Tutu favours assisted suicide

South Africa’s Anglican archbishop emeritus Desmond Tutu on Sunday said he supported assisted dying for the terminally ill, the day after the Church’s former leader backed a bill to legalise it in Britain.

But the Church remains officially opposed to the legislation and has called for a public inquiry into the issue.

Writing in Britain’s Observer newspaper, Tutu explained that he had been convinced by the case of Craig Schonegevel, a 28-year-old South African who suffered from neurofibromatosis and ended up killing himself because doctors were unable to end his life.

“Some people opine that with good palliative care there is no need for assisted dying, no need for people to request to be legally given a lethal dose of medication,” said the Nobel Peace laureate.

“That was not the case for Craig Schonegevel. Others assert their right to autonomy and consciousness – why exit in the fog of sedation when there’s the alternative of being alert and truly present with loved ones?” He revealed that he had asked his family not to prolong his life artificially, and slammed the treatment of former president Nelson Mandela during his final days.

“What was done to Madiba was disgraceful,” he wrote.

“You could see that Madiba was not fully there. My friend was no longer himself. It was an affront to Madiba’s dignity.”

Former archbishop of Canterbury George Carey on Saturday said he had changed his mind and would support a British bill to allow assisted suicide in certain cases.

The current Archbishop of Canterbury Justin Welby has called the bill “mistaken and dangerous”.

But Carey, who now sits in the House of Lords – parliament’s upper chamber – after leaving office as the spiritual leader of the world’s Anglicans in 2002, told the Daily Mail that he had dropped his long-standing opposition.


“The fact is I’ve changed my mind,” he wrote in a piece for the British newspaper. “The old philosophical certainties have collapsed in the face of the reality of needless suffering,” he explained.

The former cleric, 78, said he would support the bill, brought by Lord Charles Falconer, which would allow mentally-capable adults to request help to die if they were suffering from a terminal illness and had less than six months to live.

It is due to be debated in the House of Lords next week.

On Tutu’s comments, Falconer told the Observer he was “really glad that someone of his stature is taking part in this important debate.” “I very much hope that it will indicate that religion is not a bar to supporting this bill,” he added.

The Church of England on Sunday called for an Royal Commission – a major public inquiry – to be held on the issue. –Sapa-AFP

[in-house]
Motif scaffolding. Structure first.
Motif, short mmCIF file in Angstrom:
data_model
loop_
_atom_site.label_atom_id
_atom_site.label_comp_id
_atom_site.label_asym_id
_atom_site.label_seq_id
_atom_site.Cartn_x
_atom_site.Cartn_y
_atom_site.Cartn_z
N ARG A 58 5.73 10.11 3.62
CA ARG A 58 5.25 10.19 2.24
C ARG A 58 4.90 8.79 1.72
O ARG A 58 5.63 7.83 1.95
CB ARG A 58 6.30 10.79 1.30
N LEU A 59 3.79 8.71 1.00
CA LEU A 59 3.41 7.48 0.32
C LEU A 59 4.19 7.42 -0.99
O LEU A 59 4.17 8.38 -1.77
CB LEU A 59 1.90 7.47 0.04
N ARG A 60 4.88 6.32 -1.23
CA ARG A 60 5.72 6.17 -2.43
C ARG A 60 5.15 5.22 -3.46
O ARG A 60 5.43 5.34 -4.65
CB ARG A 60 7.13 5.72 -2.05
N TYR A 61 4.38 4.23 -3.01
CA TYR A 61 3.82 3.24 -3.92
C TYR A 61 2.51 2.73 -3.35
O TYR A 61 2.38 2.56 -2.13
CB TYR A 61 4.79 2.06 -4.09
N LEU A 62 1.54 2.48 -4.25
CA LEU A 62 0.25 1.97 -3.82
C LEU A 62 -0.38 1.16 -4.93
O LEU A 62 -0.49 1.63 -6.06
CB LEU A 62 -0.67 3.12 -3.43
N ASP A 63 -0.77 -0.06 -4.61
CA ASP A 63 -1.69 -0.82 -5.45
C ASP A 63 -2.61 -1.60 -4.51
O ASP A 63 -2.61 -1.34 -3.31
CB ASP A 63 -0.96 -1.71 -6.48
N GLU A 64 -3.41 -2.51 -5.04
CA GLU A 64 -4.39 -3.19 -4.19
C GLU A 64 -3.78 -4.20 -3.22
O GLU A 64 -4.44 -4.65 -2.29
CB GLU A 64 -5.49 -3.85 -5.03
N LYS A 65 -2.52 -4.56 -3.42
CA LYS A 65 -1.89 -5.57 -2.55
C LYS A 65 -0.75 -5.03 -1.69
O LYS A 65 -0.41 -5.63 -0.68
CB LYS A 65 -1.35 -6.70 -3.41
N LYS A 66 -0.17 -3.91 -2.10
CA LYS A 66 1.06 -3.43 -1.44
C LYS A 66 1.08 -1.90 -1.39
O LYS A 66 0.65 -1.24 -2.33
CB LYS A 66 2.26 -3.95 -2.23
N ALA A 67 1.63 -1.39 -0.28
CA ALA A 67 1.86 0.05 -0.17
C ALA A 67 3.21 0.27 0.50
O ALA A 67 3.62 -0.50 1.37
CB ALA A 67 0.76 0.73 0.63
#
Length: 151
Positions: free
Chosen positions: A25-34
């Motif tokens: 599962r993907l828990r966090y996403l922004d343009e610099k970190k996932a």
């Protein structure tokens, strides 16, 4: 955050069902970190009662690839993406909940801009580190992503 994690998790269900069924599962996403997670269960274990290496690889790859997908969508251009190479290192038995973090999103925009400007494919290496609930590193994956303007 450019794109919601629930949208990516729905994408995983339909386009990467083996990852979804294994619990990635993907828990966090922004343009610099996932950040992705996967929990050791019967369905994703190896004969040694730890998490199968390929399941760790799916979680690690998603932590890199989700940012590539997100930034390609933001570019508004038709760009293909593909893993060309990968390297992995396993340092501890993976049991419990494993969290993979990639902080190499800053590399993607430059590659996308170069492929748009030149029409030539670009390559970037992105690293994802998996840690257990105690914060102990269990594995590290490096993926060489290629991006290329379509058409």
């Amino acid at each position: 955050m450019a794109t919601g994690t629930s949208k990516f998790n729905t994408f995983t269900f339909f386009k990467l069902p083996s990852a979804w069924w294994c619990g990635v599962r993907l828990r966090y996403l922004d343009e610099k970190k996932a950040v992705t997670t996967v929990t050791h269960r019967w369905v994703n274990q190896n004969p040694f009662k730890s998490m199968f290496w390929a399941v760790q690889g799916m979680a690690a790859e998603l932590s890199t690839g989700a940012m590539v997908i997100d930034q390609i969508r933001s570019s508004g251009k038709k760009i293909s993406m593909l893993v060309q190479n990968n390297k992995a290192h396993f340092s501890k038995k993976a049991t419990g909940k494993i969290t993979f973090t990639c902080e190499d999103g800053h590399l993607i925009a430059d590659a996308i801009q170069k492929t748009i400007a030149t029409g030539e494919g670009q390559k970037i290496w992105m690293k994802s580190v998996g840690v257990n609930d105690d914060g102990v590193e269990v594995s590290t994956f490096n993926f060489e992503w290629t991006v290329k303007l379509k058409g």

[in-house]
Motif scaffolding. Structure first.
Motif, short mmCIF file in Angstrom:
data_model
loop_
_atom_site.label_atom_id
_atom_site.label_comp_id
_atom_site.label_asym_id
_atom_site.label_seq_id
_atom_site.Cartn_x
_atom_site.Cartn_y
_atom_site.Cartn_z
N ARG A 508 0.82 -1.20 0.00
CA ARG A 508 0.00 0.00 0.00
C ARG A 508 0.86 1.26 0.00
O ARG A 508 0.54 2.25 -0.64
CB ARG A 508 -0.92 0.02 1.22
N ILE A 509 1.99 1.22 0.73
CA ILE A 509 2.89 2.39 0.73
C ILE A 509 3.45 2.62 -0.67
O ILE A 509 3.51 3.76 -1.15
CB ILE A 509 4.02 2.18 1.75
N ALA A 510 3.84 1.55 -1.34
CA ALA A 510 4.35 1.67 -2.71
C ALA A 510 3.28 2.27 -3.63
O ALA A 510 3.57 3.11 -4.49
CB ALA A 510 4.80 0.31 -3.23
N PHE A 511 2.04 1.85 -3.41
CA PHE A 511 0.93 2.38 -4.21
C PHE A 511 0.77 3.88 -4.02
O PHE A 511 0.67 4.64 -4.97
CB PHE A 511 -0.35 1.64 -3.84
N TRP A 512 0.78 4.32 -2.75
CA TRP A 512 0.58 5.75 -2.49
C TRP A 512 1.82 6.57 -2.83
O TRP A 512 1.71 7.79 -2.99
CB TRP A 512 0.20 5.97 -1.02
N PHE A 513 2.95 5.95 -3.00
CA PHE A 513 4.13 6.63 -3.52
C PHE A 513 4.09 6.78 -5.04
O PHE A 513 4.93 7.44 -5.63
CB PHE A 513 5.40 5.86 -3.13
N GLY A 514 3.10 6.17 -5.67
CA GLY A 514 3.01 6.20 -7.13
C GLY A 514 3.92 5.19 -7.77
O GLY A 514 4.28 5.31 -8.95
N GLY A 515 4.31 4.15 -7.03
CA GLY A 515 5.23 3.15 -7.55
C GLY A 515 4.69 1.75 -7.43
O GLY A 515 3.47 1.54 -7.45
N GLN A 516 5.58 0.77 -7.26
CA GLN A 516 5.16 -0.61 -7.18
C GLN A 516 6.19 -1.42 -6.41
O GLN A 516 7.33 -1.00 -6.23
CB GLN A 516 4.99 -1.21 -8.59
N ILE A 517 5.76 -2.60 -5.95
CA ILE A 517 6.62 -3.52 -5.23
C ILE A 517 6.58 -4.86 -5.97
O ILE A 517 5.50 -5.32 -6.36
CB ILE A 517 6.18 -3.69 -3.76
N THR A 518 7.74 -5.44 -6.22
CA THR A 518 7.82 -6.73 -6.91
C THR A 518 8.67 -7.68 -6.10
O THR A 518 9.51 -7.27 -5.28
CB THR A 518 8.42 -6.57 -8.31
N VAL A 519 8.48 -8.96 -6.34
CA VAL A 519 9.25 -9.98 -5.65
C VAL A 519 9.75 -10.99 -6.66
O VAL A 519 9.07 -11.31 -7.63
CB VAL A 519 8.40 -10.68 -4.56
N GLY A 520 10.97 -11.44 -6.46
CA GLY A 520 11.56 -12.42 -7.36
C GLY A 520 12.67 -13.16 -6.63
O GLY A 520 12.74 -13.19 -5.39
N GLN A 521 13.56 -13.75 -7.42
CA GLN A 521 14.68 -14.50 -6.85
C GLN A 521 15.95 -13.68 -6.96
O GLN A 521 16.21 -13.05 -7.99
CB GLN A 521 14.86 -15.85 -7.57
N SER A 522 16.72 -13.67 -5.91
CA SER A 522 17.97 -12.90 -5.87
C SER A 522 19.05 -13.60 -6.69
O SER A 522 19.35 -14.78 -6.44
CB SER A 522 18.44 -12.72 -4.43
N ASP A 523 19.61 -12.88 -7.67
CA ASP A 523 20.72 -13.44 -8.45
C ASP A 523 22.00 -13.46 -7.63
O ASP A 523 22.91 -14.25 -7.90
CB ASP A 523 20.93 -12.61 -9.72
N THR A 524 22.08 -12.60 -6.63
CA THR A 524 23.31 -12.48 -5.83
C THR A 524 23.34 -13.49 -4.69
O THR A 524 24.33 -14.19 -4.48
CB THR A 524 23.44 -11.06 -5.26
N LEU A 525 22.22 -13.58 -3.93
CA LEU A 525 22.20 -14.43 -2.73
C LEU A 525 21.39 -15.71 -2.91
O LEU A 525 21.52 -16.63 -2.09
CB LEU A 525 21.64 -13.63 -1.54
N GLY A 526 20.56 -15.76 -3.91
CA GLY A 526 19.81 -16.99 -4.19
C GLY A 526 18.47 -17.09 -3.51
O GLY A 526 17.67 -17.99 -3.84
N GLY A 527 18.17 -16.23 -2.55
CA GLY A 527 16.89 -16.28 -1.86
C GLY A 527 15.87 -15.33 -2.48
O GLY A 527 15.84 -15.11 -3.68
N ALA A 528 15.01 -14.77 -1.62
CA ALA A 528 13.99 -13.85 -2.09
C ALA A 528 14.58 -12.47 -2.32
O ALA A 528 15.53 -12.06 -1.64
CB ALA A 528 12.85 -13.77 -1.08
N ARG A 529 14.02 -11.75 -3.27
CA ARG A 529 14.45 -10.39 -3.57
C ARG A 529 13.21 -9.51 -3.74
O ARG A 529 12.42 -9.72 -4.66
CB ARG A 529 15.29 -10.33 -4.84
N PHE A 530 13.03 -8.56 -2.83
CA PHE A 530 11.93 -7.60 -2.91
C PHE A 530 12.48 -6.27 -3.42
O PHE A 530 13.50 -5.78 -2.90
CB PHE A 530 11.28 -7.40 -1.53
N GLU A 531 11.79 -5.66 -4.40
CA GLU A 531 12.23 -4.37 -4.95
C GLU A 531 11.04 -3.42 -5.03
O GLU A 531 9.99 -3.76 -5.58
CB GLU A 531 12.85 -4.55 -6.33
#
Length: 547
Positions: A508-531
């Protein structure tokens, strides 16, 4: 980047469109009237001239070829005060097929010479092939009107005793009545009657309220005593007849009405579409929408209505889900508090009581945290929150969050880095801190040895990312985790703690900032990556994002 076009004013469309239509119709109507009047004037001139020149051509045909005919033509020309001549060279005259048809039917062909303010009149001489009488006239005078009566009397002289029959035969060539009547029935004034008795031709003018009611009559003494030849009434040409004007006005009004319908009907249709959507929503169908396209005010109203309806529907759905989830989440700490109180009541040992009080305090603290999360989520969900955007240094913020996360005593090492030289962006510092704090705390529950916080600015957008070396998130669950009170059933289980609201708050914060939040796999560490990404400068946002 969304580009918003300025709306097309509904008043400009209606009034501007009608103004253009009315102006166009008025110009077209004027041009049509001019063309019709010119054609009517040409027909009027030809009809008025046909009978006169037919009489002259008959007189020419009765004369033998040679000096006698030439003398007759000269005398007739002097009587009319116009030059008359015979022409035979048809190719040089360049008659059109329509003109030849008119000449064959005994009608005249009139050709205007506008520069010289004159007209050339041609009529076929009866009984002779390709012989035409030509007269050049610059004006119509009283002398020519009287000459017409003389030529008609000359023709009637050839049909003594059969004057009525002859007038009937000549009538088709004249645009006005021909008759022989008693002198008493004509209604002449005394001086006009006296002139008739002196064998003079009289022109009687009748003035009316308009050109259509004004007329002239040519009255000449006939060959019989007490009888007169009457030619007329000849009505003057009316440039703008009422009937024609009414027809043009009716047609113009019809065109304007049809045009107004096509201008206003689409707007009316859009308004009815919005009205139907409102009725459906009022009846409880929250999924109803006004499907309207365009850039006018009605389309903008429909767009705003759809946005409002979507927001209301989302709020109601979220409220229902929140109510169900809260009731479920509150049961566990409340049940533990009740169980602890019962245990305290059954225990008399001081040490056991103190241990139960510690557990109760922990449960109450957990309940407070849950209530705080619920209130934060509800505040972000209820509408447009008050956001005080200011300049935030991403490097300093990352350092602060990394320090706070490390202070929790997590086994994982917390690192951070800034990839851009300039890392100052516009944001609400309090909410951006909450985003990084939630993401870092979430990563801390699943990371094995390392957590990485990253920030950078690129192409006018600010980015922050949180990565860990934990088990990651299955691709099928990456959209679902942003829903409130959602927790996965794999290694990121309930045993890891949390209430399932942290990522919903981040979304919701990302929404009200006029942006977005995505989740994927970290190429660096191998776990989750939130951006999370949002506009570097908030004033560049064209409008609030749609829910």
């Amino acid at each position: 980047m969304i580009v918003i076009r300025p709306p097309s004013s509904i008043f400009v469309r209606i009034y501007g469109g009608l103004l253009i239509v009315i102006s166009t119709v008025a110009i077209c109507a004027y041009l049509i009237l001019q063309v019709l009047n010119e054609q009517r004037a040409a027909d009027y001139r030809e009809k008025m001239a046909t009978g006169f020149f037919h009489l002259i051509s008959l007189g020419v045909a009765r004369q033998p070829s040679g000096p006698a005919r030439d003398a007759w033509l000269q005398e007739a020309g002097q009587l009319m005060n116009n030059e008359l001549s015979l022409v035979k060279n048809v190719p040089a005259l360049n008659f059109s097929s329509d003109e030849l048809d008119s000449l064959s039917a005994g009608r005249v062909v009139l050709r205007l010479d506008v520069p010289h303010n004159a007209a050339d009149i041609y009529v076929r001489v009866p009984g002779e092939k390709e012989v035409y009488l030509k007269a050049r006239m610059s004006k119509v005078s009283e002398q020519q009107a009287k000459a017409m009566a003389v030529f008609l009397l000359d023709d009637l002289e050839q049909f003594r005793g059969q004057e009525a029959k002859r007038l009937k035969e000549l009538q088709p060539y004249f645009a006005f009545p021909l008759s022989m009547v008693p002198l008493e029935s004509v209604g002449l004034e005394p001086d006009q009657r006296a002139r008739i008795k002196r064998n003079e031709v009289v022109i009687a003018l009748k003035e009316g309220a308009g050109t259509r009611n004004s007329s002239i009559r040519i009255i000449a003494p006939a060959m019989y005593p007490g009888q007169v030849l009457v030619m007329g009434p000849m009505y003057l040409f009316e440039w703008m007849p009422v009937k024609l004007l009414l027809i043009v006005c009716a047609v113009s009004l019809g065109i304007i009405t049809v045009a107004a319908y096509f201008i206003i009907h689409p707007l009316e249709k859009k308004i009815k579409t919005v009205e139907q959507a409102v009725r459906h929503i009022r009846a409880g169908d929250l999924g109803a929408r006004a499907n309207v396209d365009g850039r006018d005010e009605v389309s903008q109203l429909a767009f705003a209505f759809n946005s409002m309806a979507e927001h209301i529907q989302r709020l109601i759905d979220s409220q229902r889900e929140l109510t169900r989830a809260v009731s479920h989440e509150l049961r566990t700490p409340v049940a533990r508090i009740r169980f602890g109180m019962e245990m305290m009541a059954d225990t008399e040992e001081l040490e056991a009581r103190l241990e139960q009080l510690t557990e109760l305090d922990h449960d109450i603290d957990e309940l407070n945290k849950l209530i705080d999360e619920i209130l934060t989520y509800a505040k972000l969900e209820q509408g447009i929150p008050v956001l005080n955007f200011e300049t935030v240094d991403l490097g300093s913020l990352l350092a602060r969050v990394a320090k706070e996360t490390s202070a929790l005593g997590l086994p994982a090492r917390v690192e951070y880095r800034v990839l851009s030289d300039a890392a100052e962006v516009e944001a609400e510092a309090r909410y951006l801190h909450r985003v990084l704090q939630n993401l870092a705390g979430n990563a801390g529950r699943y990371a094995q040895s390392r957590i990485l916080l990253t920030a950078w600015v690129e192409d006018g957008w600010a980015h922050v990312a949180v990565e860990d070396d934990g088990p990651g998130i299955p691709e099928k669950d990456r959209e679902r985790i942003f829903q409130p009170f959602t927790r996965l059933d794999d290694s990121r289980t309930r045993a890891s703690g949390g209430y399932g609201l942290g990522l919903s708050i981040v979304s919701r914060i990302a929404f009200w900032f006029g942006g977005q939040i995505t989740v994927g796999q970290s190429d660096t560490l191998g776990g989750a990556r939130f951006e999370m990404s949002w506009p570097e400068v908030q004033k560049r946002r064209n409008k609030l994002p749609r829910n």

These are unprecedented times, and the role of media to tell and record the story of South Africa as it develops is more important than ever. But it comes at a cost. Advertisers are cancelling campaigns, and our live events have come to an abrupt halt. Our income has been slashed.

The Mail & Guardian is a proud news publisher with roots stretching back 35 years. We’ve survived thanks to the support of our readers, we will need you to help us get through this.

To help us ensure another 35 future years of fiercely independent journalism, please subscribe.

Sapa Afp
Guest Author
Advertising

The recovered remain cautious

People who have survived Covid-19 are not going through life carefree. They are still taking all the preventative measures

Lockdown relief scheme payouts to employees tops R14-billion

Now employers and employees can apply to the Unemployment Insurance Fund for relief scheme payments
Advertising

Press Releases

Covid-19 and Frontline Workers

Who is caring for the healthcare workers? 'Working together is how we are going to get through this. It’s not just a marathon, it’s a relay'.

PPS webinar Part 2: Small business, big risk

The risks that businesses face and how they can be dealt with are something all business owners should be well acquainted with

Call for applications for the position of GCRO executive director

The Gauteng City-Region Observatory is seeking to appoint a high-calibre researcher and manager to be the executive director and to lead it

DriveRisk stays safe with high-tech thermal camera solution

Itec Evolve installed the screening device within a few days to help the driver behaviour company become compliant with health and safety regulations

Senwes launches Agri Value Chain Food Umbrella

South African farmers can now help to feed the needy by donating part of their bumper maize crop to delivery number 418668

Ethics and internal financial controls add value to the public sector

National treasury is rolling out accounting technician training programmes to upskill those who work in its finance units in public sector accounting principles

Lessons from South Korea for Africa’s development

'Leaders can push people through, through their vision and inspiration, based on their exemplary actions'

Old Mutual announces digital AGM

An ambitious plan to create Africa’s biggest digital classroom is intended to address one of the continent’s biggest challenges — access to education

The best local and international journalism

handpicked and in your inbox every weekday